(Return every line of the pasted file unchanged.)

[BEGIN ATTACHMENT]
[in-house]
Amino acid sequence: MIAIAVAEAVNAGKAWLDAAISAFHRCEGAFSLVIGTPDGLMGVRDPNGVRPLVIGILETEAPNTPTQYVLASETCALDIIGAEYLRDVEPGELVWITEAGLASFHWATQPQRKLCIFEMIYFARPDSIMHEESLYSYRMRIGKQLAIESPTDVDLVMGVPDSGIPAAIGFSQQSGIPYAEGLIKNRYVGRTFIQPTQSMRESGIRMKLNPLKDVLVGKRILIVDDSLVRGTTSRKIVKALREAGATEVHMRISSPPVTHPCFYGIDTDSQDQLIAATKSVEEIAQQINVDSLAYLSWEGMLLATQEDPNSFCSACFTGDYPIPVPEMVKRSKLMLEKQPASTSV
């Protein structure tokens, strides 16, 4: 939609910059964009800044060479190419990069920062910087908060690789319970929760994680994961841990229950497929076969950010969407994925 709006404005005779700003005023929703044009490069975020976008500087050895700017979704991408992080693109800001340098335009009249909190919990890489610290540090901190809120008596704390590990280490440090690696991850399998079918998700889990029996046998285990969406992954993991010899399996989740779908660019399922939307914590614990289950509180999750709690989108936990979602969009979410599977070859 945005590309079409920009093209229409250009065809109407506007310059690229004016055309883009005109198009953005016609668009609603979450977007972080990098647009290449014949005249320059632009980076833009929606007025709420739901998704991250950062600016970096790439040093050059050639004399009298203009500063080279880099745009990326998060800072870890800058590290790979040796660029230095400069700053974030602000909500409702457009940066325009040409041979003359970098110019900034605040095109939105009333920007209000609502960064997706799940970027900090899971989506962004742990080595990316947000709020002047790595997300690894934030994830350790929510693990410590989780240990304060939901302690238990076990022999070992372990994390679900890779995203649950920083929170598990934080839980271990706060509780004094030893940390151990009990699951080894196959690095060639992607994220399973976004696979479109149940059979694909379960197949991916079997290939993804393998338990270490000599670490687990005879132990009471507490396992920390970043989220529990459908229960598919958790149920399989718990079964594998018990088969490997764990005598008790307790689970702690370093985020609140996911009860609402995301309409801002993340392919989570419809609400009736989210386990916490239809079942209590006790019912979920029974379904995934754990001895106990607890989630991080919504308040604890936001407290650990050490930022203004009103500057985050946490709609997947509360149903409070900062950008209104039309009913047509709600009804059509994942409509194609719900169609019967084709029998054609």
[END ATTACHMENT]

[in-house]
Amino acid sequence: MIAIAVAEAVNAGKAWLDAAISAFHRCEGAFSLVIGTPDGLMGVRDPNGVRPLVIGILETEAPNTPTQYVLASETCALDIIGAEYLRDVEPGELVWITEAGLASFHWATQPQRKLCIFEMIYFARPDSIMHEESLYSYRMRIGKQLAIESPTDVDLVMGVPDSGIPAAIGFSQQSGIPYAEGLIKNRYVGRTFIQPTQSMRESGIRMKLNPLKDVLVGKRILIVDDSLVRGTTSRKIVKALREAGATEVHMRISSPPVTHPCFYGIDTDSQDQLIAATKSVEEIAQQINVDSLAYLSWEGMLLATQEDPNSFCSACFTGDYPIPVPEMVKRSKLMLEKQPASTSV
């Protein structure tokens, strides 16, 4: 939609910059964009800044060479190419990069920062910087908060690789319970929760994680994961841990229950497929076969950010969407994925 709006404005005779700003005023929703044009490069975020976008500087050895700017979704991408992080693109800001340098335009009249909190919990890489610290540090901190809120008596704390590990280490440090690696991850399998079918998700889990029996046998285990969406992954993991010899399996989740779908660019399922939307914590614990289950509180999750709690989108936990979602969009979410599977070859 945005590309079409920009093209229409250009065809109407506007310059690229004016055309883009005109198009953005016609668009609603979450977007972080990098647009290449014949005249320059632009980076833009929606007025709420739901998704991250950062600016970096790439040093050059050639004399009298203009500063080279880099745009990326998060800072870890800058590290790979040796660029230095400069700053974030602000909500409702457009940066325009040409041979003359970098110019900034605040095109939105009333920007209000609502960064997706799940970027900090899971989506962004742990080595990316947000709020002047790595997300690894934030994830350790929510693990410590989780240990304060939901302690238990076990022999070992372990994390679900890779995203649950920083929170598990934080839980271990706060509780004094030893940390151990009990699951080894196959690095060639992607994220399973976004696979479109149940059979694909379960197949991916079997290939993804393998338990270490000599670490687990005879132990009471507490396992920390970043989220529990459908229960598919958790149920399989718990079964594998018990088969490997764990005598008790307790689970702690370093985020609140996911009860609402995301309409801002993340392919989570419809609400009736989210386990916490239809079942209590006790019912979920029974379904995934754990001895106990607890989630991080919504308040604890936001407290650990050490930022203004009103500057985050946490709609997947509360149903409070900062950008209104039309009913047509709600009804059509994942409509194609719900169609019967084709029998054609």